After nine years of trying to improve Haliburton’s public transportation options, Lisa Tolentino is ready to call it quits.
The longtime member of the advocacy group Rural Transportation Options (RTO), as well as the county Transportation Task Force, is stepping back from both. RTO itself is going on hiatus, with the future of the task force uncertain after reaching the end of its mandate March 31.
“I just don’t have the time, energy, or frankly the gumption anymore, given this is volunteer work,” Tolentino said.
The county opted not to proceed with an implementation plan for a transportation system made by consultant IBI Group this year. The county budgeted $50,000 to continue work on transportation in 2019 but has not allocated the funding to anything more specific.
“We’ve provided ample time for them to step up to the plate,” Tolentino said. “In order to continue, the municipality still has to play a key role.”
The task force discussed its future at an April 5 meeting. Councillors on the committee said they will discuss transportation at the April 24 council meeting, after which they will have a better idea of what happens next.
“We should discuss whether there will or will not be a task force,” county Coun. Cec Ryall said. “If there isn’t going to be a task force, is there going to be anything at all that’s going to guide this thing? Without
guidance, we’re just going to be a slow death.”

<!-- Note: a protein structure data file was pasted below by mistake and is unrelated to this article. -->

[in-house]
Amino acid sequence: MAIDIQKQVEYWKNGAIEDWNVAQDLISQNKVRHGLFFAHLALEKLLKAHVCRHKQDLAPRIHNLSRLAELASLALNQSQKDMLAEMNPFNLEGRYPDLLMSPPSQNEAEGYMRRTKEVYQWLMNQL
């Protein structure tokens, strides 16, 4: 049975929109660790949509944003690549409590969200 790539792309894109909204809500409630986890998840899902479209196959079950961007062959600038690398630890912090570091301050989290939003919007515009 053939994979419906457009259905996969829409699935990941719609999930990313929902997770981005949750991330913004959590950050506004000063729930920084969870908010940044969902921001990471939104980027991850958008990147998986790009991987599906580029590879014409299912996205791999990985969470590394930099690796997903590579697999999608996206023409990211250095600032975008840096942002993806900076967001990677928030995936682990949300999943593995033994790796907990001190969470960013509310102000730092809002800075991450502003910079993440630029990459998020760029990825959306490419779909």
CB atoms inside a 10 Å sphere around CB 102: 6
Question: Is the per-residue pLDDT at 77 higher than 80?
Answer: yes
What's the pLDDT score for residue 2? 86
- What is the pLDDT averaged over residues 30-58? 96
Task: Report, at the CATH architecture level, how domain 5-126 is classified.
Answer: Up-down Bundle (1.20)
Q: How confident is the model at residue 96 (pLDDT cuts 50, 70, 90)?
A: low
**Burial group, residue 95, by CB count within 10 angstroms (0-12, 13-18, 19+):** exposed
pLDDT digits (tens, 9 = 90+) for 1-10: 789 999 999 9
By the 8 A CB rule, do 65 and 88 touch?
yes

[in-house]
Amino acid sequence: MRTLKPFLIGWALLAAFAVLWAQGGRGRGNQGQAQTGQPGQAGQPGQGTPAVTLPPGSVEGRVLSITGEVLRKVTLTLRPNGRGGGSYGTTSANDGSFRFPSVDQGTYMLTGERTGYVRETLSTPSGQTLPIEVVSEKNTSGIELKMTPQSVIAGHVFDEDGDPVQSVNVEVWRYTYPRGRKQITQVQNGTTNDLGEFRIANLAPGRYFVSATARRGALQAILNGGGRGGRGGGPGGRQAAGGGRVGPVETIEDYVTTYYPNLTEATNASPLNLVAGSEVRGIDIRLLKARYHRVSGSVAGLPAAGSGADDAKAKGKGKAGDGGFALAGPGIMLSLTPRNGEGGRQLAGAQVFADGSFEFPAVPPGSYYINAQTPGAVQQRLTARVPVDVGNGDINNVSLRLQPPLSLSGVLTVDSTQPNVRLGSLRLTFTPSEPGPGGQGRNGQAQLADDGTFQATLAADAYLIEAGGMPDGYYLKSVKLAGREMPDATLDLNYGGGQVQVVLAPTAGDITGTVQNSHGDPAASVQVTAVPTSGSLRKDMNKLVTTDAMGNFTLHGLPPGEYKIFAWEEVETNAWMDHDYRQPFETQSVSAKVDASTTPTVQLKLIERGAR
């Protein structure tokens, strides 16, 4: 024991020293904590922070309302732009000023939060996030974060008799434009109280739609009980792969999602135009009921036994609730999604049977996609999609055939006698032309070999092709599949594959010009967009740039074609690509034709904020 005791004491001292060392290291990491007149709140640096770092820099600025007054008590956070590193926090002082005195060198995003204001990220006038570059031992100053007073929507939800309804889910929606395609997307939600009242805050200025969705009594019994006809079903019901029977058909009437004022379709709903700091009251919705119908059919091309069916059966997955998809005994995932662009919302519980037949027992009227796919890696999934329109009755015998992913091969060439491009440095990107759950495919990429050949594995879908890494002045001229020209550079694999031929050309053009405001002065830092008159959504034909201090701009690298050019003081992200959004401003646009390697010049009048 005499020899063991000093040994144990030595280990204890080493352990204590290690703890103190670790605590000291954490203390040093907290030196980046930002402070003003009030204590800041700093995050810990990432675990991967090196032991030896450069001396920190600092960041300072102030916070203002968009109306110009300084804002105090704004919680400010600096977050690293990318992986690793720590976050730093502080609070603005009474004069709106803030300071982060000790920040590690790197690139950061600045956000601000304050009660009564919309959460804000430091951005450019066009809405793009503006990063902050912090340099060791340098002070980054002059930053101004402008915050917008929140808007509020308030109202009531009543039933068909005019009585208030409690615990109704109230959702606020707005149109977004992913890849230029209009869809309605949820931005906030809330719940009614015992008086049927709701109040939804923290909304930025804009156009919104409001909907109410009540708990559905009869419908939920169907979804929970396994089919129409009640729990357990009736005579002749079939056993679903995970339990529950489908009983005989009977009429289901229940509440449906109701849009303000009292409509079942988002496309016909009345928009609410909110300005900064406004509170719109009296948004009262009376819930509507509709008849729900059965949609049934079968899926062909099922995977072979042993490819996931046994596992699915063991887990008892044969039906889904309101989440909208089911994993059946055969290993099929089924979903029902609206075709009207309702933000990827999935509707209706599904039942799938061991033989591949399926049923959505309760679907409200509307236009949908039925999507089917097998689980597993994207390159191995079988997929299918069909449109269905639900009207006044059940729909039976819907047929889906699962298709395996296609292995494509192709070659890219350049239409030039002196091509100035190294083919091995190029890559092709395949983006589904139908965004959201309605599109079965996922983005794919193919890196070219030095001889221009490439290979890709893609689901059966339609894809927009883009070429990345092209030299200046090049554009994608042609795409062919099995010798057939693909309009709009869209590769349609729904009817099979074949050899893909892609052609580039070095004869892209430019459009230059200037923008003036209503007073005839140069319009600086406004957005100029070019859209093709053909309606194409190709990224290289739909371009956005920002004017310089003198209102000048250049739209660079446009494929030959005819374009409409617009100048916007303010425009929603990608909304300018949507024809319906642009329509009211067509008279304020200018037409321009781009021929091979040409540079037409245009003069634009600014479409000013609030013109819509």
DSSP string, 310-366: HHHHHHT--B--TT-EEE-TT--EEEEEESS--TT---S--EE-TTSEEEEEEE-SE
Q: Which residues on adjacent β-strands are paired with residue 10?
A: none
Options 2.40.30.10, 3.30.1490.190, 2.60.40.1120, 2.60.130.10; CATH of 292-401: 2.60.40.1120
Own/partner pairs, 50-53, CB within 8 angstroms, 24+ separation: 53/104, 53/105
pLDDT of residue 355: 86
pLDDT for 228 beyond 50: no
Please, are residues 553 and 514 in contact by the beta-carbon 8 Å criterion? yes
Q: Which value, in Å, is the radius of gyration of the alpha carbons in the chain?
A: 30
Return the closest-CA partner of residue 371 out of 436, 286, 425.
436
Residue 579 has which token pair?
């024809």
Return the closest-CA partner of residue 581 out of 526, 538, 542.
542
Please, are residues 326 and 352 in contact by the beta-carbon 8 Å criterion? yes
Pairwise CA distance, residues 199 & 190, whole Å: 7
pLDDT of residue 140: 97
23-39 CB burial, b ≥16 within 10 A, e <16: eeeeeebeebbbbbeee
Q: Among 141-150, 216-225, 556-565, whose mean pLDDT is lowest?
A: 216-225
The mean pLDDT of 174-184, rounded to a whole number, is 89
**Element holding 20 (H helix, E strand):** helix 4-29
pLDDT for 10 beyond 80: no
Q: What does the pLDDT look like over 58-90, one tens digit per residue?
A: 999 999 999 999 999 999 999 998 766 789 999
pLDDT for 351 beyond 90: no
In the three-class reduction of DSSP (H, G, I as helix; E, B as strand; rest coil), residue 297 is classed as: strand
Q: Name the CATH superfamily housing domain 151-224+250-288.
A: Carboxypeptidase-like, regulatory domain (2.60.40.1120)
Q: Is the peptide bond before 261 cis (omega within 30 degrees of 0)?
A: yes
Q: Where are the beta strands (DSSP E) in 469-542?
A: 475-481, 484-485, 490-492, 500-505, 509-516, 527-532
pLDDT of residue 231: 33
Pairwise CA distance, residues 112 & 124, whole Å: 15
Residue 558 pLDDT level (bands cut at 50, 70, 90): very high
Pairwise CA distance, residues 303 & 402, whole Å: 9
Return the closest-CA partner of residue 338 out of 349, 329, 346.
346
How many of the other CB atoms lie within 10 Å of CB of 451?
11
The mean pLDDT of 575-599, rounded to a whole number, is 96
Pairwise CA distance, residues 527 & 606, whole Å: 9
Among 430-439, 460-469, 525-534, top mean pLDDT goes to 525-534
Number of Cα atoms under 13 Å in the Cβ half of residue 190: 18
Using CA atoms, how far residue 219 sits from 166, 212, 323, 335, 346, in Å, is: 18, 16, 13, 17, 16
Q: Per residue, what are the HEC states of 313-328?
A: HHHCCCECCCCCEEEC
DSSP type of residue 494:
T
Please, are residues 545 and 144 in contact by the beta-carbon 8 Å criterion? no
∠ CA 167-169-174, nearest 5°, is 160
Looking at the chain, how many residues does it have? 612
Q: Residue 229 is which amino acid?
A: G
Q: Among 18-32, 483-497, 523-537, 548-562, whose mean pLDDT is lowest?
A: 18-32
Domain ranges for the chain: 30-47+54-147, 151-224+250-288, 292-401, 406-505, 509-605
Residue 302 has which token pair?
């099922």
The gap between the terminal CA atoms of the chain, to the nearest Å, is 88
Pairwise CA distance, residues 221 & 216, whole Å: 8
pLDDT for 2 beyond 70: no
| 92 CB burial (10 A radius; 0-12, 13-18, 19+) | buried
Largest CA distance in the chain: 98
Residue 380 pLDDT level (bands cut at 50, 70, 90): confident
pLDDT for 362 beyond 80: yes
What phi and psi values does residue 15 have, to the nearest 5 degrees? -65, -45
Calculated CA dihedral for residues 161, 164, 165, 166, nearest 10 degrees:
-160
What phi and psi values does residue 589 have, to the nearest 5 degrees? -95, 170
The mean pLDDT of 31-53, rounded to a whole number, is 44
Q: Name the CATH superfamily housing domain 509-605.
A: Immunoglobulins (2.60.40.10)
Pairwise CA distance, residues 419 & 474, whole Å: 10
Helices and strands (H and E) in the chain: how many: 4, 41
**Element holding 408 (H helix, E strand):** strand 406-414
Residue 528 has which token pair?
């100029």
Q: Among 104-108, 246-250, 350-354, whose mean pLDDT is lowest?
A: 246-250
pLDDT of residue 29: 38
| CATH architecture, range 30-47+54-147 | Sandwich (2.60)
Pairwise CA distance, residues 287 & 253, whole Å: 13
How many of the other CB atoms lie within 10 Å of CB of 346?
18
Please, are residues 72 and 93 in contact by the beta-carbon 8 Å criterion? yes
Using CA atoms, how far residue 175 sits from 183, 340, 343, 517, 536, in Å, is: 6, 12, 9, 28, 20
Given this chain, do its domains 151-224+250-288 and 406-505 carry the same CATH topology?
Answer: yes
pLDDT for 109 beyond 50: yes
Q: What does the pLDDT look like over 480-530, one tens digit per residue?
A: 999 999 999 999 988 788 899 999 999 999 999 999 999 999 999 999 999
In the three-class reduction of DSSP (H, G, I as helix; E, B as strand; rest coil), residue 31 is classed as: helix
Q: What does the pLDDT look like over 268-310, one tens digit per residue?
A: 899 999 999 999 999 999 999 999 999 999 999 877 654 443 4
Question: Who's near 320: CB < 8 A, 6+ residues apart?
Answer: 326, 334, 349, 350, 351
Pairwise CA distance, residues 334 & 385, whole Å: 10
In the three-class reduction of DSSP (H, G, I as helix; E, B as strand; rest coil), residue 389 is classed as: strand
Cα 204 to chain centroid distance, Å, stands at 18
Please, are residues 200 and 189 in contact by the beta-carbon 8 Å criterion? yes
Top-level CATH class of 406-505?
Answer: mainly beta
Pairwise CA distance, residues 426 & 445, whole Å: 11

Minden Hills Coun. Pam Sayne said there is still a need and a desire for transportation.
“I don’t think the community, although they’re burnt out, has any less kind of feeling that this needs to continue,” Sayne said. “The question is, does the county have any appetite to support the administrative work that needs to be done to keep this afloat?”
New grant up for grabs
Task force co-chair Michael Andrews brought forward a grant opportunity should the county proceed.
Andrews said funding could be available through the Ontario Labour Market Partnerships program. It aims to address labour market issues, but Andrews said another jurisdiction has used it for transportation as a way to help address labour shortages.
“The idea here is to help mitigate the risk municipalities would have in terms of funding transportation projects,” Andrews said. “The envelope is for three years. It could be $300,000 or more, it could be less. It really depends on what we ask for.”
County Coun. Brent Devolin said committing to work on such a grant would have to wait until the April 24 meeting.
Rural Transportation Options winds down
RTO and task force member Heather Ross said RTO’s three members decided to stop meeting for now, and with that, will stop running the Haliburton Rideshare website.
“We do feel as a group we’ve probably done all that we can do,” Ross said.
However, Ross said the group will watch how transportation develops and step in if needed.
“Regardless of where this goes or doesn’t go, your efforts have been appreciated,” Devolin said.
Tolentino highlighted the county deciding not to apply for a five-year, $500,000 provincial grant for transportation in 2018 as a missed opportunity. At the time, the municipality was wary of the five-year commitment required.
Tolentino said it can be difficult for municipalities to see the tangible benefits of transportation.
“There seems to be fear about making a commitment but someone has to bite the bullet at some point,” she said. “I think they’ll get there eventually. I just can’t keep going.”